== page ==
• Districts that are interested in SDI should just jump in if they have a desire to learn and make things better for their students.
  • Everyone (teachers, paraeducators, administrators, etc.) can be a part of the SDI team and should be to gain the most momentum and support.
  • Student success does not happen overnight – constant teaching/training updates will be necessary to ensure the best practices for students are happening.
  • Contact your local AEA to help guide you through the process and get the proper resources and people involved.

For more information on the SDI framework or how CRAEA can support districts, contact Jody Albertson, CRAEA Regional Administrator at or Makaela Hoffman, RRMR Elementary Principal/Curriculum Coordinator at

Tailoring Professional Learning for a School District

Central Rivers AEA consultants Kelly Westley and Cari Teske engaged in year-long professional learning with the AGWSR Community School District around facilitating online and blended learning environments. The professional learning was customized to what AGWSR needed at that time to support teachers as they navigated the effects of COVID-19 on learning.

Group photo of BGM School District elementary leaders, special education teachers, and Central Rivers AEA staff.

Central Rivers AEA Collaborates with Leadership from BGM Elementary School to Support Student Success

Student success is more than just having your students score well on tests. Student success is all about ensuring your students have the right resources and tools they need to help them learn and grow. That’s the vision at the Brooklyn-Guernsey-Malcom (BGM) Community School District, where seven years ago, district leadership saw a need to improve PreK-6 student proficiency. Today, they continue to learn how to best serve their students.

It all started with BGM’s data showing that their special education students were not meeting proficiency standards. Mary Sherwood, BGM Elementary School principal, began brainstorming ideas on how they could best serve and accommodate students in the classrooms. Central Rivers Area Education Agency (CRAEA) staff, Teri Boezinger, Jennifer Cline and Heather Gould began working alongside Sherwood and the school district’s leadership team to analyze student data to create specific student success initiatives, a major focus area for the agency.

To know what specific student success initiatives needed to be implemented, Sherwood, the district leadership team and CRAEA partners looked to the data. “We started with the Multi-Tiered Systems of Support (MTSS) and then focused on Tiers 1 and 2,” said Sherwood. “Our student data results showed that moving forward to Tier 3 was the next step for student success.” The three tiers in education include:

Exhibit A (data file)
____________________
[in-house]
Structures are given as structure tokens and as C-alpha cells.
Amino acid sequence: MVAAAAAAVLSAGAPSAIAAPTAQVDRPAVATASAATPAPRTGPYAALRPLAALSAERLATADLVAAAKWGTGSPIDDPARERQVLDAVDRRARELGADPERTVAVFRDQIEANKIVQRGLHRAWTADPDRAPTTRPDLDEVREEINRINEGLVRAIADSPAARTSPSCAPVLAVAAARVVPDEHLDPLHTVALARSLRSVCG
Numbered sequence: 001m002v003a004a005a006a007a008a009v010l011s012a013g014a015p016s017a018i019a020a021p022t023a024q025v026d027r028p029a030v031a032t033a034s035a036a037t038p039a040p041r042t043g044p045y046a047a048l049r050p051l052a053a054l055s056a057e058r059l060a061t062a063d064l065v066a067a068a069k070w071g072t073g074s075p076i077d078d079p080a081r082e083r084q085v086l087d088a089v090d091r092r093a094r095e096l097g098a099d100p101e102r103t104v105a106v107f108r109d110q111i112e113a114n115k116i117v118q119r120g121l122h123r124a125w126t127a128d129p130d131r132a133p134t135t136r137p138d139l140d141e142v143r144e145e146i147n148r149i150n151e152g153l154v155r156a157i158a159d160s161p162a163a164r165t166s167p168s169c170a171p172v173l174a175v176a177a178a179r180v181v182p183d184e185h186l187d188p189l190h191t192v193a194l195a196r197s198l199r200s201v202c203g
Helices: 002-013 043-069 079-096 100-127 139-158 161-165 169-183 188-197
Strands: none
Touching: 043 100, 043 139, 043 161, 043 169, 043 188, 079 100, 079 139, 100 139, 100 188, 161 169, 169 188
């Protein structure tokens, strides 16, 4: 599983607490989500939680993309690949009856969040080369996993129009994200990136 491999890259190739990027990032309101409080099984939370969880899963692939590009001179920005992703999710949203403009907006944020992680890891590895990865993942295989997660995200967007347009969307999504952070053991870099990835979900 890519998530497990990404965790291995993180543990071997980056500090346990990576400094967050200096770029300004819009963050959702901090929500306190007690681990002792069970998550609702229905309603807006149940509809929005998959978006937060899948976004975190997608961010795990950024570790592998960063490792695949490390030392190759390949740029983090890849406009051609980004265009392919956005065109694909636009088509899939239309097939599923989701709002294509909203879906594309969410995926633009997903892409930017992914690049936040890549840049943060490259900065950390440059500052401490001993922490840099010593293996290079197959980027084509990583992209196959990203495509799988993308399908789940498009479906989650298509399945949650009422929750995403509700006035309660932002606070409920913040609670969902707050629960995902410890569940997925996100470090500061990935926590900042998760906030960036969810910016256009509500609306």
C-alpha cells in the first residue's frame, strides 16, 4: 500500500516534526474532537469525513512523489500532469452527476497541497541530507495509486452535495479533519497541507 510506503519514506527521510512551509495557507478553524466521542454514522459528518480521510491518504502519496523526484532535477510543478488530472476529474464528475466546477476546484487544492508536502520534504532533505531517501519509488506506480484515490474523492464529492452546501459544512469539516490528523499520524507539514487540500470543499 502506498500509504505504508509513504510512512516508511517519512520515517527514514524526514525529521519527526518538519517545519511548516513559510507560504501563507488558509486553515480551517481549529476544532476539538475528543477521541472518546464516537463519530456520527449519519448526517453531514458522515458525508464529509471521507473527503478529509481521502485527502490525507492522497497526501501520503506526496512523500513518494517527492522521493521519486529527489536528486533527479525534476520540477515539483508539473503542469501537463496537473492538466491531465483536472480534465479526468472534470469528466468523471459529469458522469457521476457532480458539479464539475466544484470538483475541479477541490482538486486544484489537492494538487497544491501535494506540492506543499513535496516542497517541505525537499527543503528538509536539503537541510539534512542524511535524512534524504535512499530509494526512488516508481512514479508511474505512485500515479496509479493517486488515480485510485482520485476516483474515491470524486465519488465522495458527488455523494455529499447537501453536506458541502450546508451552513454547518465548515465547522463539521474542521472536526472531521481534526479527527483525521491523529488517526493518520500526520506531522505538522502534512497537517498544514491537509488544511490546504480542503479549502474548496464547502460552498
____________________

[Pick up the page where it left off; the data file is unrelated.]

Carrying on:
• Tier 1 = universal or core instruction
  • Tier 2 = targeted or strategic instruction/intervention
  • Tier 3 = intensive instruction/intervention

Specially designed instruction (SDI) is an instructional framework that is specifically customized to a particular student. While the SDI framework is designed to help students with disabilities, the process is helpful for all students because all students have needs. This initiative is aimed to develop and implement tools and processes to aid teachers in delivering effective instruction to improve the literacy outcomes for learners with disabilities. “I saw this initiative and signed up with CRAEA professional development (PD) and we’ve been going strong since with school-wide implementation.”

These initiatives are very systematic – it’s more than just ‘this student is struggling with reading, what can we do for them?’ Instead, an intensive and precise process is taken. The data shows what the student is missing and what exactly they need to improve. “This has been and continues to be a huge group effort from both CRAEA and BGM – we are all involved, sharing leadership and using our strengths to meet the needs of our students,” said Sherwood.